Bringing a lawsuit not against facts, not against certain real crimes, but against an idea, inevitably leads to the thesis of collective guilt and an offense of opinion. The history tribunal of Mr. Courtois does not only work in the past. It becomes dangerously preventive when he regrets that “the mourning work of the idea of ​​revolution is still far from being completed” and when he is outraged that “revolutionary groups are openly active and spread their positions in complete legality”!

Repentance is certainly a fashion. If Messrs. Furet or Le Roy Ladurie, Ms. Kriegel or Mr. Courtois themselves have never come to the end of their mourning work, they drag their guilty conscience as converted former Stalinists around like an iron ball, their swan song leads to resentment, then that is their business. But those who have remained communists without ever celebrating the little father of the nations or praying down the great helmsman's little red book, what, Mr. Courtois, have they to regret? You have undoubtedly been wrong many times. But in the face of social reality as it is today, they have neither waged the wrong fight nor chosen the wrong opponent.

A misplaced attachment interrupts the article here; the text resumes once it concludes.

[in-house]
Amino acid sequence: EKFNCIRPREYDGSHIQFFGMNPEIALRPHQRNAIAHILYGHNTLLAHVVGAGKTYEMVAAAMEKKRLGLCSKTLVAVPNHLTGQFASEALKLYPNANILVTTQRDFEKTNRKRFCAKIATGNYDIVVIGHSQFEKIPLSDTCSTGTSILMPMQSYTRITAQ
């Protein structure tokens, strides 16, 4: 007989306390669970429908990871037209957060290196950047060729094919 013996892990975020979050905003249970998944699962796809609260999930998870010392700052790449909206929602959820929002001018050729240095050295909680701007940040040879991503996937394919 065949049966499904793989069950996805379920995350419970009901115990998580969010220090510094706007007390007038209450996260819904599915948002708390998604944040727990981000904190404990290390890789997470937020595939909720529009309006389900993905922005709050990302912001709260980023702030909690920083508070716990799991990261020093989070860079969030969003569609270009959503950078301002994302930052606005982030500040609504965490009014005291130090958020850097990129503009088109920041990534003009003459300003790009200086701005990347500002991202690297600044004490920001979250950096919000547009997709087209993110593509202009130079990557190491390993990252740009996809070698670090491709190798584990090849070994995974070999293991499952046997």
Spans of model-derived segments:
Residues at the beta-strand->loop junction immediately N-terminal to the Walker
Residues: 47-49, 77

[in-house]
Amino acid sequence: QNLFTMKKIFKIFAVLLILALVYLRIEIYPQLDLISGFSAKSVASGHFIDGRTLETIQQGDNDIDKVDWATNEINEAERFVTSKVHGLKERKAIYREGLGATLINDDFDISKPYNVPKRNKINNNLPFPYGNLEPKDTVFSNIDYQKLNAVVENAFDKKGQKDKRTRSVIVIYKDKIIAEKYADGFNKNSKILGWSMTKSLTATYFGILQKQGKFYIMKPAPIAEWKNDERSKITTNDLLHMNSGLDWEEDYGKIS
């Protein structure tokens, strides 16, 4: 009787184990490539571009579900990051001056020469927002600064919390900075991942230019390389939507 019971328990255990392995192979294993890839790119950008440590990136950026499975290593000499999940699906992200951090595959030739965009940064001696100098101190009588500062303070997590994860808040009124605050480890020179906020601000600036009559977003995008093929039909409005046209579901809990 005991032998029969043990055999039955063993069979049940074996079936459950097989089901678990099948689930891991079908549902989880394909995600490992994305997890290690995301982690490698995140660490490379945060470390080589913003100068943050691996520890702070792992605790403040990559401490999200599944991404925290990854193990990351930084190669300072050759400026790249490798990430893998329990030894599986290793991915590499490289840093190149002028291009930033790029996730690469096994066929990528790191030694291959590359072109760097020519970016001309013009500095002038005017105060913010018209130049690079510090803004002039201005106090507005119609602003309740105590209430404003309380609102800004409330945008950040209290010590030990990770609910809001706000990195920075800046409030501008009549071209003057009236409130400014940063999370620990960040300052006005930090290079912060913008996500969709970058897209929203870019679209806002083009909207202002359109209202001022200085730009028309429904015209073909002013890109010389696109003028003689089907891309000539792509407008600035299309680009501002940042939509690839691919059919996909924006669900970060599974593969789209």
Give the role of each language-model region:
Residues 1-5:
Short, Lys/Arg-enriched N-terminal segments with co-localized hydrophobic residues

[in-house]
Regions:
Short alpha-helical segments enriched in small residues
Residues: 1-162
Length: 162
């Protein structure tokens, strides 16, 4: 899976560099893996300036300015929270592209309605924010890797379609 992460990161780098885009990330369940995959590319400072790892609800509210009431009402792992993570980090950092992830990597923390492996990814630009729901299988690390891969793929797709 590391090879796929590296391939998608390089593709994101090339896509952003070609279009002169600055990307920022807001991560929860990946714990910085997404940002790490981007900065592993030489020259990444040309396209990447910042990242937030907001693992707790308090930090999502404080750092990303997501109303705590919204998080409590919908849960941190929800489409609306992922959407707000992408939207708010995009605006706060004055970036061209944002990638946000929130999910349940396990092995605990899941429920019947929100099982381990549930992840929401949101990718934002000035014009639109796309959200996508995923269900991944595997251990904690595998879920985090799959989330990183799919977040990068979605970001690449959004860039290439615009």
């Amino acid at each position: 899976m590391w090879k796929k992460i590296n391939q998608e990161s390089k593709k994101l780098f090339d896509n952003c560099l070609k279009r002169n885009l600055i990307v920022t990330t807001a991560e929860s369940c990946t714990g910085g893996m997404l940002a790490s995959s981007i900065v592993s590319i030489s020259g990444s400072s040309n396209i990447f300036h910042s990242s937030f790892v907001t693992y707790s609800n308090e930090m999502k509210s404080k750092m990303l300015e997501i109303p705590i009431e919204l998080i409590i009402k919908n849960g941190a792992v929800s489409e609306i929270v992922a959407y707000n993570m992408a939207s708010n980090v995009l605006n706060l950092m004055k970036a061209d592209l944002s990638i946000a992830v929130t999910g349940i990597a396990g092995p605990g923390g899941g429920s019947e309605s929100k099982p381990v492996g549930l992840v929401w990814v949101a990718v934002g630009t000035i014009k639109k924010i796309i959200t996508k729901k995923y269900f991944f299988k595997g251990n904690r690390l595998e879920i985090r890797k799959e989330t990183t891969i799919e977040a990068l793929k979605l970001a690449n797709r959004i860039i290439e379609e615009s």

In order to understand the tragedies of the late century and to draw useful conclusions from them for the future, one must go beyond the ideological level and the shadows that cavort on it, in order to penetrate the depths of history and the logic of political conflicts explore, in which the choice is made between different possible developments.

Revolution or Coup?

A renewed critical look at the Russian October Revolution on the occasion of its 80th anniversary raises a number of historical and programmatic questions. The stakes are high. It is about nothing less and nothing more than the question of whether the future is open to our revolutionary action - because not every past has the same future.

But before turning to the large number of documents newly accessible since the opening of the Soviet archives (which undoubtedly enable new knowledge and the resumption of some controversial debates), the discussion comes up against the prevailing ideological “taken for granted”, whose weight recently again with the unanimously honoring Necrology on François Furet became clear. In these times of counter-reform and reaction it is not surprising that Lenin and Trotsky become as non-persons as Robespierre and Saint-Just did during the Restoration.